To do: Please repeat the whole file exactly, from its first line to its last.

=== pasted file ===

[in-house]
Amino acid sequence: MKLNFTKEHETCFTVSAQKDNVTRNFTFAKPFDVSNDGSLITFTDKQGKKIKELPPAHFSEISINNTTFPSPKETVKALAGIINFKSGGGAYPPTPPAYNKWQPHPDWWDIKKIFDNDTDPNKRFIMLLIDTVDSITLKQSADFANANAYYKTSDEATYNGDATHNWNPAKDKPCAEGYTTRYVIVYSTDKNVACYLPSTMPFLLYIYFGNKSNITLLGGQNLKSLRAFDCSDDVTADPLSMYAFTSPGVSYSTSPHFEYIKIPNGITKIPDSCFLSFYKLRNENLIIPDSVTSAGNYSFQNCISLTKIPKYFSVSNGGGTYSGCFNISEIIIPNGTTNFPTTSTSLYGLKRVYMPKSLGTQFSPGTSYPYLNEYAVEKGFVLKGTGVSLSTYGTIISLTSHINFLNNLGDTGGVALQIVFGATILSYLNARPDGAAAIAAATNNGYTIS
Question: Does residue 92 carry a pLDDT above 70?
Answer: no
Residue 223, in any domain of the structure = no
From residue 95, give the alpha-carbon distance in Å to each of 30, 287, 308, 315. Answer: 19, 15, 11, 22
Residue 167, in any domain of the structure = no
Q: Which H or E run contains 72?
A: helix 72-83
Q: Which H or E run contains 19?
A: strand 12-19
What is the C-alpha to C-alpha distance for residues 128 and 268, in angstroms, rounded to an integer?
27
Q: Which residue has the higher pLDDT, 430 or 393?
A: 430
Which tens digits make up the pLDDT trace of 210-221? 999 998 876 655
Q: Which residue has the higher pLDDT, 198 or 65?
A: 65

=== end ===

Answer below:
[in-house]
Amino acid sequence: MKLNFTKEHETCFTVSAQKDNVTRNFTFAKPFDVSNDGSLITFTDKQGKKIKELPPAHFSEISINNTTFPSPKETVKALAGIINFKSGGGAYPPTPPAYNKWQPHPDWWDIKKIFDNDTDPNKRFIMLLIDTVDSITLKQSADFANANAYYKTSDEATYNGDATHNWNPAKDKPCAEGYTTRYVIVYSTDKNVACYLPSTMPFLLYIYFGNKSNITLLGGQNLKSLRAFDCSDDVTADPLSMYAFTSPGVSYSTSPHFEYIKIPNGITKIPDSCFLSFYKLRNENLIIPDSVTSAGNYSFQNCISLTKIPKYFSVSNGGGTYSGCFNISEIIIPNGTTNFPTTSTSLYGLKRVYMPKSLGTQFSPGTSYPYLNEYAVEKGFVLKGTGVSLSTYGTIISLTSHINFLNNLGDTGGVALQIVFGATILSYLNARPDGAAAIAAATNNGYTIS
Question: Does residue 92 carry a pLDDT above 70?
Answer: no
Residue 223, in any domain of the structure = no
From residue 95, give the alpha-carbon distance in Å to each of 30, 287, 308, 315. Answer: 19, 15, 11, 22
Residue 167, in any domain of the structure = no
Q: Which H or E run contains 72?
A: helix 72-83
Q: Which H or E run contains 19?
A: strand 12-19
What is the C-alpha to C-alpha distance for residues 128 and 268, in angstroms, rounded to an integer?
27
Q: Which residue has the higher pLDDT, 430 or 393?
A: 430
Which tens digits make up the pLDDT trace of 210-221? 999 998 876 655
Q: Which residue has the higher pLDDT, 198 or 65?
A: 65